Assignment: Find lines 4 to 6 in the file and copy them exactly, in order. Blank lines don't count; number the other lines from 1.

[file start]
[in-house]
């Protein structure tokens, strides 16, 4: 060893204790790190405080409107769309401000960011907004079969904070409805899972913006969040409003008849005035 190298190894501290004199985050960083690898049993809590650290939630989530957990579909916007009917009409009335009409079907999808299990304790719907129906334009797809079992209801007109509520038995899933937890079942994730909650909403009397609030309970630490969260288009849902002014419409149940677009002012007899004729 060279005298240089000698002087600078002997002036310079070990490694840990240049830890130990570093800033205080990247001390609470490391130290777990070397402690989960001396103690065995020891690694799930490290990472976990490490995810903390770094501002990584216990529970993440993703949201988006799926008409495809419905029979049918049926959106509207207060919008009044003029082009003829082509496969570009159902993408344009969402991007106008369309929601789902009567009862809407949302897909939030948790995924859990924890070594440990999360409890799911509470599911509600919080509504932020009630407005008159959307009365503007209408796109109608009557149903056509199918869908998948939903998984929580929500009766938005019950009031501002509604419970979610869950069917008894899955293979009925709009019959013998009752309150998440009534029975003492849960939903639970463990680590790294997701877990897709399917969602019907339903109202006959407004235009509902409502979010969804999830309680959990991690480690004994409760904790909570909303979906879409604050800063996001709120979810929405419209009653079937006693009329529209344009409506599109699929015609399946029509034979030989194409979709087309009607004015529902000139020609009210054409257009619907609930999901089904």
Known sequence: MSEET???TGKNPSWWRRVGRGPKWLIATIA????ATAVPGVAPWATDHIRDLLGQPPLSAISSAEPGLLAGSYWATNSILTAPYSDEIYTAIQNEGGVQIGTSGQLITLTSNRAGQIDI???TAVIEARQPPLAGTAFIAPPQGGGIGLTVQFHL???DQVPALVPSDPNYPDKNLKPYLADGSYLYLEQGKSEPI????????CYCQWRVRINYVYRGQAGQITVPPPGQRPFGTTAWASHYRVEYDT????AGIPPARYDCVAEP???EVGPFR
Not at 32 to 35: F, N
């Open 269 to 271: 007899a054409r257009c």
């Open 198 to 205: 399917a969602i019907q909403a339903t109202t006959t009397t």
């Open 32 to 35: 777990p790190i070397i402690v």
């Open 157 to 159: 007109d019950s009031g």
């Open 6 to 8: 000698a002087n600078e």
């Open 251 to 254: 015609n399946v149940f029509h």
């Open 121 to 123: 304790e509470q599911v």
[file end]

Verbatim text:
Not at 32 to 35: F, N
């Open 269 to 271: 007899a054409r257009c």
């Open 198 to 205: 399917a969602i019907q909403a339903t109202t006959t009397t």